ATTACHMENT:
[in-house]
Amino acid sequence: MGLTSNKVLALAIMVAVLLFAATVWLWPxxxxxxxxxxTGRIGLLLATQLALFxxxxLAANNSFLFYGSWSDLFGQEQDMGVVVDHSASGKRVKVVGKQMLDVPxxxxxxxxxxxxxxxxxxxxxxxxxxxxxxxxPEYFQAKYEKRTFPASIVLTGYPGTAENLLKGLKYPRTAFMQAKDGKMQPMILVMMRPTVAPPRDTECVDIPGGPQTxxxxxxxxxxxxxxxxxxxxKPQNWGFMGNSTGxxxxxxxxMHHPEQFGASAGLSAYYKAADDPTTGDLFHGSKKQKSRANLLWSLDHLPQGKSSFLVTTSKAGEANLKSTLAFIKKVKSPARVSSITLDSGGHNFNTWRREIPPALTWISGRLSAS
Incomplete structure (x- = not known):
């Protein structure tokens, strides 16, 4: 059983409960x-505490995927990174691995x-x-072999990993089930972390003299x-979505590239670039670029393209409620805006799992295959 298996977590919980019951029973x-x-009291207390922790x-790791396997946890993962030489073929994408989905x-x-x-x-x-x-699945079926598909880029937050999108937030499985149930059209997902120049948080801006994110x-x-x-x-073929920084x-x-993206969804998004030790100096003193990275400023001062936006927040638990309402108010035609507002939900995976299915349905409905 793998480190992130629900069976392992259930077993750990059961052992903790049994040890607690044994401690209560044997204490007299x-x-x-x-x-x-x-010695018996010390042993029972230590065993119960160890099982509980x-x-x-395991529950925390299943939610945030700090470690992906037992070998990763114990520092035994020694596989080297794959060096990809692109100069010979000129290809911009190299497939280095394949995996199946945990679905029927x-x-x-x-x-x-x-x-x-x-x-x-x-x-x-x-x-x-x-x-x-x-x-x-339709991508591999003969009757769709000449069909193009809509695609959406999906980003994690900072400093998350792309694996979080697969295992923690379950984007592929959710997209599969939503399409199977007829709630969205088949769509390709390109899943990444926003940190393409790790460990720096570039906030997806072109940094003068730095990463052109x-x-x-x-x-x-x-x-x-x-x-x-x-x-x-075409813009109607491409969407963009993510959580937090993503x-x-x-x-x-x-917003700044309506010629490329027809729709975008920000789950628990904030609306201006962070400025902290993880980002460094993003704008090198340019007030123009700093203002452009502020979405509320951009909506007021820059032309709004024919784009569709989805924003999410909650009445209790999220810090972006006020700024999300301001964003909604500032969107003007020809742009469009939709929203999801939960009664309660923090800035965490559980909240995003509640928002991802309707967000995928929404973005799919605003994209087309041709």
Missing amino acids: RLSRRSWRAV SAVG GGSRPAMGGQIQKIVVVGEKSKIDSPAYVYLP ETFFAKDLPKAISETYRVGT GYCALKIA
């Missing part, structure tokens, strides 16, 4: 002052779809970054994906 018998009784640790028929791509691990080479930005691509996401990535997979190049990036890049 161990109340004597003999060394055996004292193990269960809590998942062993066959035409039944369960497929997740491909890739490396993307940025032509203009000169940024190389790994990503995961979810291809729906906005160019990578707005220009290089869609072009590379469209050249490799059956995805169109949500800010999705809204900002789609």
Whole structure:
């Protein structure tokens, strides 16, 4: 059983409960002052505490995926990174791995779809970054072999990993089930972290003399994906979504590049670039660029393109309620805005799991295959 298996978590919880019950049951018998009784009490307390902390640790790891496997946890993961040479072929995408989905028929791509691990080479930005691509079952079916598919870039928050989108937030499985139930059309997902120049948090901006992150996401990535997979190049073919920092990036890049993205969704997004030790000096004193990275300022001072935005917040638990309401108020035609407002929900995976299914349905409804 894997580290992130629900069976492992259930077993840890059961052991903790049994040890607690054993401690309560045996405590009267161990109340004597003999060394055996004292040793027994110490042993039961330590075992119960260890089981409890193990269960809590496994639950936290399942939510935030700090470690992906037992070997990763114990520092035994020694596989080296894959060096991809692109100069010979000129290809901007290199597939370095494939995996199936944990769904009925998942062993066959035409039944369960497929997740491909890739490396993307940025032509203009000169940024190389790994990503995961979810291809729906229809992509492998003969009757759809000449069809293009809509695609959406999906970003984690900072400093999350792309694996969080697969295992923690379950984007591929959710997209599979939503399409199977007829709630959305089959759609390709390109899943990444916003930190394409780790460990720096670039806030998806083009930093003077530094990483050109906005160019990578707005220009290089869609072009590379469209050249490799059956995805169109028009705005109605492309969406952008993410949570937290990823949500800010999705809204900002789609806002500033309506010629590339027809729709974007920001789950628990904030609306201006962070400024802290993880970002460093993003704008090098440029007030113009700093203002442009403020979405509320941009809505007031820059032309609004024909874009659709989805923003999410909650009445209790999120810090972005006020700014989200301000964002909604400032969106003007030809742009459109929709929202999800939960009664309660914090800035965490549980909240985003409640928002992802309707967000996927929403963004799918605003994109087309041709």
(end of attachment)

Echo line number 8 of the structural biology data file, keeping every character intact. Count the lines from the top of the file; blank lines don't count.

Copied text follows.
């Protein structure tokens, strides 16, 4: 059983409960002052505490995926990174791995779809970054072999990993089930972290003399994906979504590049670039660029393109309620805005799991295959 298996978590919880019950049951018998009784009490307390902390640790790891496997946890993961040479072929995408989905028929791509691990080479930005691509079952079916598919870039928050989108937030499985139930059309997902120049948090901006992150996401990535997979190049073919920092990036890049993205969704997004030790000096004193990275300022001072935005917040638990309401108020035609407002929900995976299914349905409804 894997580290992130629900069976492992259930077993840890059961052991903790049994040890607690054993401690309560045996405590009267161990109340004597003999060394055996004292040793027994110490042993039961330590075992119960260890089981409890193990269960809590496994639950936290399942939510935030700090470690992906037992070997990763114990520092035994020694596989080296894959060096991809692109100069010979000129290809901007290199597939370095494939995996199936944990769904009925998942062993066959035409039944369960497929997740491909890739490396993307940025032509203009000169940024190389790994990503995961979810291809729906229809992509492998003969009757759809000449069809293009809509695609959406999906970003984690900072400093999350792309694996969080697969295992923690379950984007591929959710997209599979939503399409199977007829709630959305089959759609390709390109899943990444916003930190394409780790460990720096670039806030998806083009930093003077530094990483050109906005160019990578707005220009290089869609072009590379469209050249490799059956995805169109028009705005109605492309969406952008993410949570937290990823949500800010999705809204900002789609806002500033309506010629590339027809729709974007920001789950628990904030609306201006962070400024802290993880970002460093993003704008090098440029007030113009700093203002442009403020979405509320941009809505007031820059032309609004024909874009659709989805923003999410909650009445209790999120810090972005006020700014989200301000964002909604400032969106003007030809742009459109929709929202999800939960009664309660914090800035965490549980909240985003409640928002992802309707967000996927929403963004799918605003994109087309041709």